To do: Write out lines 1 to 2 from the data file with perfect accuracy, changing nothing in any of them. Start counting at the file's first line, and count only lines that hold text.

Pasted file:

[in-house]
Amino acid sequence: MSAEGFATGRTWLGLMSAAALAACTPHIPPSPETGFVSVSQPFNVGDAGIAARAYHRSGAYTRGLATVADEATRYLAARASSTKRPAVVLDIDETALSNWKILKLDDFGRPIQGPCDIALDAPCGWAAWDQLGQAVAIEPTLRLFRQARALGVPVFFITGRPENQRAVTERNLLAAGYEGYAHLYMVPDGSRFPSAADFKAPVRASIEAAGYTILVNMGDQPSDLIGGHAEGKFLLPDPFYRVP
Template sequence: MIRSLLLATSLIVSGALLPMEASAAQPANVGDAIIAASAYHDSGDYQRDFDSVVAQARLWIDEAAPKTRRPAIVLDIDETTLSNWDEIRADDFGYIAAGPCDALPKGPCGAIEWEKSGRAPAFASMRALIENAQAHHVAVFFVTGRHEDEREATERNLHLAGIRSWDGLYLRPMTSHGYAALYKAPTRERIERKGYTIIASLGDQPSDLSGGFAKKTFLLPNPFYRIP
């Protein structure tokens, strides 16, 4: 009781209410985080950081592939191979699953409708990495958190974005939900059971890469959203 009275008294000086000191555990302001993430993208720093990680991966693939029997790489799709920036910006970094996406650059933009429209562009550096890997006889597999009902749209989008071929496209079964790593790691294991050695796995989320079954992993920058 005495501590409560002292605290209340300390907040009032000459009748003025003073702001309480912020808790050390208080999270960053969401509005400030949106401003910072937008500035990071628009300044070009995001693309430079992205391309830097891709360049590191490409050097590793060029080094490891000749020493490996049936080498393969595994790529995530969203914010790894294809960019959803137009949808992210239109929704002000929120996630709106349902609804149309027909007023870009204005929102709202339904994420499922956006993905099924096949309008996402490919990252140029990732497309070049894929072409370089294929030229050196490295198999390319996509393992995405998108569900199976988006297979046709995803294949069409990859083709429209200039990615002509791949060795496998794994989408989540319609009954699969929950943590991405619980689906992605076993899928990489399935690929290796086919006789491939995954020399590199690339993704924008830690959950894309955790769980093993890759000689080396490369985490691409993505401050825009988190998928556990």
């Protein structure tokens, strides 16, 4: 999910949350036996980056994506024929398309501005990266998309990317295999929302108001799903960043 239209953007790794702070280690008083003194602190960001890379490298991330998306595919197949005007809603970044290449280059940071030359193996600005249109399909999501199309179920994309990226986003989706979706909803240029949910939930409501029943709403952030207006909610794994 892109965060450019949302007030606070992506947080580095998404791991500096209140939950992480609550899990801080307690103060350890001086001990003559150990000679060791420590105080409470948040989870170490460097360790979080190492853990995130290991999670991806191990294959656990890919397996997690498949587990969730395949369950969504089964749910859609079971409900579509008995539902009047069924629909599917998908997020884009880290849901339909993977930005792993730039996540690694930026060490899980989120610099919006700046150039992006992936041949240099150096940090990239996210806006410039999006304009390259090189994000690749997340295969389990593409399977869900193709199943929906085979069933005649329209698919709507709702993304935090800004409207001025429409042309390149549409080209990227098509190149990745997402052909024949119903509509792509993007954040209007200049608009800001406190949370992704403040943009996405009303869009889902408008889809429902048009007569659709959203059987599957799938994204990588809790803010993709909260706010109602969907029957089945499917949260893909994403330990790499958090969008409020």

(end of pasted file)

[in-house]
Amino acid sequence: MSAEGFATGRTWLGLMSAAALAACTPHIPPSPETGFVSVSQPFNVGDAGIAARAYHRSGAYTRGLATVADEATRYLAARASSTKRPAVVLDIDETALSNWKILKLDDFGRPIQGPCDIALDAPCGWAAWDQLGQAVAIEPTLRLFRQARALGVPVFFITGRPENQRAVTERNLLAAGYEGYAHLYMVPDGSRFPSAADFKAPVRASIEAAGYTILVNMGDQPSDLIGGHAEGKFLLPDPFYRVP